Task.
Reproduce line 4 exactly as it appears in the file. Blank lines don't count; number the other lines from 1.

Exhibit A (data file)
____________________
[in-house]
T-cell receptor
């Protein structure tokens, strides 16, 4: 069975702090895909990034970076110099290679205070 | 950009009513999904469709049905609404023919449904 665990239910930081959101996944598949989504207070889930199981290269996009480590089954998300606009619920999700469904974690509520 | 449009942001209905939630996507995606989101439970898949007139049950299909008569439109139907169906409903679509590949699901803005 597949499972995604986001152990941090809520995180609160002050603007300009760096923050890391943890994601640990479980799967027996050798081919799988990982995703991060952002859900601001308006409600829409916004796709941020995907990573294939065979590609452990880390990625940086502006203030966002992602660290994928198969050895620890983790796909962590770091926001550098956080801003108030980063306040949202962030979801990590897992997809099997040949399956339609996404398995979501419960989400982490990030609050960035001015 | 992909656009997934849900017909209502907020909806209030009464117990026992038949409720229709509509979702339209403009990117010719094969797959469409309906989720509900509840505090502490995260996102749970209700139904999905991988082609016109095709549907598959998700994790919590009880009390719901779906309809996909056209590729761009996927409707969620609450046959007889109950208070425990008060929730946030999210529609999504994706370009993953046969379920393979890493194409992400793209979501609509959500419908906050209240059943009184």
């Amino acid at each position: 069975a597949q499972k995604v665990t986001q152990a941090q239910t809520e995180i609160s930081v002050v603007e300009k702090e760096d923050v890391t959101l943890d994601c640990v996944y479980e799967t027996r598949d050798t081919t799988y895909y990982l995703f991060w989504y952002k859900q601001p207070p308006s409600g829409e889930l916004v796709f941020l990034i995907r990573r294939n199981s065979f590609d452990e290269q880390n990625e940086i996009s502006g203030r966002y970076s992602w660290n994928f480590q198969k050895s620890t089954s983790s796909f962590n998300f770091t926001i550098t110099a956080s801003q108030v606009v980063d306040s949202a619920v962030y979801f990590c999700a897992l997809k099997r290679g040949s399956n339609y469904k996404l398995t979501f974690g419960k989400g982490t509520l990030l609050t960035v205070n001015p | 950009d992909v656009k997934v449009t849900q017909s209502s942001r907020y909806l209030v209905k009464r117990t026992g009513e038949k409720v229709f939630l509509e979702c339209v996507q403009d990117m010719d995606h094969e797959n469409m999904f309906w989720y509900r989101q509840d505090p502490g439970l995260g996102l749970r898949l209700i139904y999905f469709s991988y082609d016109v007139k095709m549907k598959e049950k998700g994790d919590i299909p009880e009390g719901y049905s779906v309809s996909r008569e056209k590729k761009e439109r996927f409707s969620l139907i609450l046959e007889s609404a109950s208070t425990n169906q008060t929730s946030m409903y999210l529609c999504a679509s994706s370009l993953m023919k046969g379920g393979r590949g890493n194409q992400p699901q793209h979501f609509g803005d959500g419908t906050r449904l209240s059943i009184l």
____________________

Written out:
């Amino acid at each position: 069975a597949q499972k995604v665990t986001q152990a941090q239910t809520e995180i609160s930081v002050v603007e300009k702090e760096d923050v890391t959101l943890d994601c640990v996944y479980e799967t027996r598949d050798t081919t799988y895909y990982l995703f991060w989504y952002k859900q601001p207070p308006s409600g829409e889930l916004v796709f941020l990034i995907r990573r294939n199981s065979f590609d452990e290269q880390n990625e940086i996009s502006g203030r966002y970076s992602w660290n994928f480590q198969k050895s620890t089954s983790s796909f962590n998300f770091t926001i550098t110099a956080s801003q108030v606009v980063d306040s949202a619920v962030y979801f990590c999700a897992l997809k099997r290679g040949s399956n339609y469904k996404l398995t979501f974690g419960k989400g982490t509520l990030l609050t960035v205070n001015p | 950009d992909v656009k997934v449009t849900q017909s209502s942001r907020y909806l209030v209905k009464r117990t026992g009513e038949k409720v229709f939630l509509e979702c339209v996507q403009d990117m010719d995606h094969e797959n469409m999904f309906w989720y509900r989101q509840d505090p502490g439970l995260g996102l749970r898949l209700i139904y999905f469709s991988y082609d016109v007139k095709m549907k598959e049950k998700g994790d919590i299909p009880e009390g719901y049905s779906v309809s996909r008569e056209k590729k761009e439109r996927f409707s969620l139907i609450l046959e007889s609404a109950s208070t425990n169906q008060t929730s946030m409903y999210l529609c999504a679509s994706s370009l993953m023919k046969g379920g393979r590949g890493n194409q992400p699901q793209h979501f609509g803005d959500g419908t906050r449904l209240s059943i009184l």